“Half-way home” for the released men is the market district in hot, bustling Tuxtla Gutierrez. They are living in makeshift half-way houses provided by the federal government, awaiting resettlement on land that state authorities have promised them.

Compass met with seven of the former inmates in a rented building they occupy with their wives, children and, in some cases, grandchildren. The families share windowless, sparsely furnished rooms with bare cement floors. Government food rations sustain them. While the half-way house is better than prison, it is nothing like the lush, green Chiapas mountains to which they long to return.

The men agreed to the relocation scheme because the farms they worked before going to prison have long since reverted to their heirs or, in some cases, neighbors. They welcome the assistance to get back on their feet financially.

Government officials, however, insist that the Acteal prisoners must relocate to new communities because they fear violent clashes will flare between them and their old rivals.

The seven freed men were unanimous in their opinion that such confrontations would not happen.

“In the first place, we do not agree with what the government is saying,” Gomez Perez said. “We hold no grudges against those who accused us. What happened, happened. We are not thinking vengeance.”

Perez Mendez agreed with Gomez Perez that the men feel no ill will against those who accused them and no resentment for what they suffered in jail.

“God does not want that we hold grudges or take vengeance against anyone,” he said. “There is not really much danger out there in our communities either. When people saw the news on television on Aug. 12 that we were getting out, they were happy. Well, now we hear that they found out we are not coming home, that we are here in Tuxtla, and some are saying, ‘Why don’t they come home? Tell them to come.’”

The Acteal prisoners have reason to hold grudges. Their attorneys say many of them were arrested in random police sweeps in the days following the massacre simply by being in the wrong place at the wrong time. Public indignation over the brutal slayings, fueled by numerous inflammatory press releases from Las Abejas, a civic group whose members were primary targets in the massacre, as well as by the left-leaning human rights organization Fray Bartolomé de las Casas, swelled to fever pitch in December 1997.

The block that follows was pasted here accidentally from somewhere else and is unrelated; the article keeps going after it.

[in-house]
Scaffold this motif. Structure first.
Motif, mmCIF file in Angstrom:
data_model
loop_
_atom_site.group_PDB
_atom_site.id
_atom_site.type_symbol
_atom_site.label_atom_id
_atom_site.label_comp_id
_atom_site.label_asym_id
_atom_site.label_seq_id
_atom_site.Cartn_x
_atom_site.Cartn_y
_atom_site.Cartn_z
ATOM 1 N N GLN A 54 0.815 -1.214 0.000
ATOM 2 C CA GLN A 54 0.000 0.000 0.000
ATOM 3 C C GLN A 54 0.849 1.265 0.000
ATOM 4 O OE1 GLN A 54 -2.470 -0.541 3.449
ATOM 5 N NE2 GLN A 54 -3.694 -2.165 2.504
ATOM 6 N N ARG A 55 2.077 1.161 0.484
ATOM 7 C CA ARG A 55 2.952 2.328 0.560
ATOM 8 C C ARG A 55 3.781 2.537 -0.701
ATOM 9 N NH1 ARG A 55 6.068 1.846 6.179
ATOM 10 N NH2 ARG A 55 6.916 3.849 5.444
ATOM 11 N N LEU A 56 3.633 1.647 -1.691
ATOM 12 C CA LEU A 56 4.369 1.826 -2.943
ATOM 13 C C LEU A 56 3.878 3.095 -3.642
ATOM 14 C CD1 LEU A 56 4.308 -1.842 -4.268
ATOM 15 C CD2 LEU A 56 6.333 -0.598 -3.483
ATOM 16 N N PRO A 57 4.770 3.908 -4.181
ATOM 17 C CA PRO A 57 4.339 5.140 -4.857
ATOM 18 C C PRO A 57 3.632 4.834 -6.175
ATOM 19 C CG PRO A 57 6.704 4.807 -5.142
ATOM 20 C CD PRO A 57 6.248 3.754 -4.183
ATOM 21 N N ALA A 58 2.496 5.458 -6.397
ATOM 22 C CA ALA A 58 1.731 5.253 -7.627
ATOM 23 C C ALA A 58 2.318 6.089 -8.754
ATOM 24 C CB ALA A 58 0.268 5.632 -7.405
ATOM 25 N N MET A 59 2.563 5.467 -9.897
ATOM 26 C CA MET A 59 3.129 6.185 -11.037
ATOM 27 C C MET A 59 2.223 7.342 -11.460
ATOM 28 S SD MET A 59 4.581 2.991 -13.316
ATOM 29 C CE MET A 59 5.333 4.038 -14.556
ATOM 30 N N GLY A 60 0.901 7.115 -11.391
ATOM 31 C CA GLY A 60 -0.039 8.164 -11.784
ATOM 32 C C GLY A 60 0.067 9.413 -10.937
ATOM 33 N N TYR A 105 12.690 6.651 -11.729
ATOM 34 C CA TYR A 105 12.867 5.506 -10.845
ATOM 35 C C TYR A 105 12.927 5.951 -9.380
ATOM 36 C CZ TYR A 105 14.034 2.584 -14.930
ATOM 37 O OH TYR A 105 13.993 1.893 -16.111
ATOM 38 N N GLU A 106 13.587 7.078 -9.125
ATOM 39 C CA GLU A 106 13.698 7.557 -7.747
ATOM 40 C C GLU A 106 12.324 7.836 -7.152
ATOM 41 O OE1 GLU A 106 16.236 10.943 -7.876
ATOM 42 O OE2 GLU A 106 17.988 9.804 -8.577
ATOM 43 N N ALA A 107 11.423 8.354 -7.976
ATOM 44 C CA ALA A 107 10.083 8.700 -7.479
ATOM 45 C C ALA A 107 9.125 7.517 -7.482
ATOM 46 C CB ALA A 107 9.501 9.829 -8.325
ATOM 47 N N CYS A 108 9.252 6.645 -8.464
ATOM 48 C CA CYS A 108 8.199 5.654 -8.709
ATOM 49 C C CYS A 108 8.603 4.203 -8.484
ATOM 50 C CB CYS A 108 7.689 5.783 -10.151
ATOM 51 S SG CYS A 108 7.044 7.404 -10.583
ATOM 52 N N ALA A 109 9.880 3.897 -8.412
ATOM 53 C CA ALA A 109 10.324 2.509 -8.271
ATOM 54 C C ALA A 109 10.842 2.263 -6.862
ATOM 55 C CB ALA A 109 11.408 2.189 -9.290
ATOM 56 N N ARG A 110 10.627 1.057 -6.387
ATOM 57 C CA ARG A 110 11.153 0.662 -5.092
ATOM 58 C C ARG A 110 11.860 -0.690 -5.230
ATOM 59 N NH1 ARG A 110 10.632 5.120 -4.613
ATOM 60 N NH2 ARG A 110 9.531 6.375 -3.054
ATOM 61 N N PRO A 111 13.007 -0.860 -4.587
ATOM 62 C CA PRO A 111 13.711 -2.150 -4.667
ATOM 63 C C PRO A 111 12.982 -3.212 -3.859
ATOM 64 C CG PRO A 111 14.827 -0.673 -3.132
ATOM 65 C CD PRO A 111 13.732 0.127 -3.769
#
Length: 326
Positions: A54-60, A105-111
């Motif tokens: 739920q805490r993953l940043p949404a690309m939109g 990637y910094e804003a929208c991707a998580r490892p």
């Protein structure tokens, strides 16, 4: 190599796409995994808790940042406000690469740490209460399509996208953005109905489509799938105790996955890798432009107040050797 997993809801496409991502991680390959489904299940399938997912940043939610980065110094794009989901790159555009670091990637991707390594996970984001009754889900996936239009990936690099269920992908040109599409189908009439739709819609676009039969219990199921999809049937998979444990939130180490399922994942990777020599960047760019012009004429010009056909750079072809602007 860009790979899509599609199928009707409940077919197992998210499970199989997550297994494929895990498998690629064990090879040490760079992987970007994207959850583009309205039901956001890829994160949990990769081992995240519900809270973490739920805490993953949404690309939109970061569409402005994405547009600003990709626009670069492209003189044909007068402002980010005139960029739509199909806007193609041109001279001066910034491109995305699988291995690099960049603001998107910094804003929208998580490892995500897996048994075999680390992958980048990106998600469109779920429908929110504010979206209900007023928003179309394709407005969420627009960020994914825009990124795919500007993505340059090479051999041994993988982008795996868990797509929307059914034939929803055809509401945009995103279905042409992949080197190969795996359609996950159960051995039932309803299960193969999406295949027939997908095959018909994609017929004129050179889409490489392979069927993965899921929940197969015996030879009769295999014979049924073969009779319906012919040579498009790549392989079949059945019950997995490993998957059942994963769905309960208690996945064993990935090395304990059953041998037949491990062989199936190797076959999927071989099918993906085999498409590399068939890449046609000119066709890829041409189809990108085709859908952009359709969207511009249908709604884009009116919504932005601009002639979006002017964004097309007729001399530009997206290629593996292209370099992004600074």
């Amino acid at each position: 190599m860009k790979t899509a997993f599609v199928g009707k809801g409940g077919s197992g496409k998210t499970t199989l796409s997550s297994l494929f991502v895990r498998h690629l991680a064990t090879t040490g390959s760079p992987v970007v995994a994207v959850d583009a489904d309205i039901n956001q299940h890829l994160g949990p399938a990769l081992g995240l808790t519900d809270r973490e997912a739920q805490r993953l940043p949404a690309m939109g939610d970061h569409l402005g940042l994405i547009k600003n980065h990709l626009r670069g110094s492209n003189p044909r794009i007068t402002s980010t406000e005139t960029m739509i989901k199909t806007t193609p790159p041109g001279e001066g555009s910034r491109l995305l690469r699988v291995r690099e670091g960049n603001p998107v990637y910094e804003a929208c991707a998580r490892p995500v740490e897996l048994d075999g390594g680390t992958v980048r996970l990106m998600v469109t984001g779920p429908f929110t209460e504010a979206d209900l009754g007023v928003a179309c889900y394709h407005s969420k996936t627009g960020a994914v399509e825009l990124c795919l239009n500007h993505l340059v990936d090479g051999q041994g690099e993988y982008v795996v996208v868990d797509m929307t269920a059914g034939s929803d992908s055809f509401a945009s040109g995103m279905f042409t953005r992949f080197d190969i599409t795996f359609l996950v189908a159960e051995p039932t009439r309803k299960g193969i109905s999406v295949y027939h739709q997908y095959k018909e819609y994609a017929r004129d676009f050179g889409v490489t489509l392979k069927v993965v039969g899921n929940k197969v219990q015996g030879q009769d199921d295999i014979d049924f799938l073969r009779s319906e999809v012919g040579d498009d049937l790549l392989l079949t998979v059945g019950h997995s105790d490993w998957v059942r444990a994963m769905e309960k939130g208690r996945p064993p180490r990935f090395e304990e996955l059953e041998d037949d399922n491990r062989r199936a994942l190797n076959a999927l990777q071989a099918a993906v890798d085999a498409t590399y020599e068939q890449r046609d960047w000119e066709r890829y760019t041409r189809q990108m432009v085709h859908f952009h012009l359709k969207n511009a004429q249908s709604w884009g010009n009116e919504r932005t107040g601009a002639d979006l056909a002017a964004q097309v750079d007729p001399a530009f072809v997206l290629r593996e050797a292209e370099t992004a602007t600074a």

Authorities responded by arresting dozens of “suspects,” without evidence or warrants, to quell the outcry.

Some Acteal defendants found themselves accused of the crime by allies of the rebel Zapatista guerrilla army. A land dispute between Zapatista sympathizers and opponents of the rebels intensified during the waning months of 1997, claiming the lives of 18 indigenous men, the majority of them Protestant Christians. Attorneys say indifferent law enforcement officers failed even to investigate the murders, let alone arrest the perpetrators.

Frustrated with the authorities’ foot-dragging and desperate to defend themselves against further aggression, nine indigenous young men armed themselves and confronted their enemies on Dec. 22, 1997. The ensuing firefight and subsequent massacre at the Catholic hermitage in Acteal ended with 45 dead, many of them women and children who were participating in an Abejas-sponsored program that day.

Five of the nine armed men have confessed to participating in the Acteal shootings and insist they acted alone. Those five are serving prison terms in El Amate. Two others were arrested and released because they were minors at the time of the crime. Two more remain at large and, ironically, have reportedly come under the protection of the Zapatistas.

Las Abejas and its allies continue to assert that that the Acteal killings were carried out by “paramilitary” units equipped and assisted by the Mexican army. With the passage of time, many of those who hold this thesis have admitted that most of the Acteal prisoners did not, in fact, participate in the shooting. Nevertheless, they insist that until the “intellectual authors” of the atrocity come forward and confess, not one prisoner – even though innocent of the crime – should be released.

That strange logic has helped to keep more than 50 innocent men in prison for nearly 12 years.

“It is certain that we suffered an injustice for nearly 12 years,” Perez Mendez said. “A lot of people tell us that we are guilty. But as far as we are concerned, God knows all. We did not commit that crime.

He implored Christians to pray for the innocent men who have yet to be released.

Pray as well for we who are not at home in our communities,” he said. “I ask that you not forget us.”Report from Compass Direct News 

COLOMBIA: SIX MONTHS LATER, PASTOR STILL MISSING


The Rev. William Reyes’ wife awaits word, fears for safety of her children.

INDIANAPOLIS, Indiana, March 23 (Compass Direct News) – Six months after the disappearance in Colombia of the Rev. William Reyes of Maicao, La Guajira, no one knows what happened to him.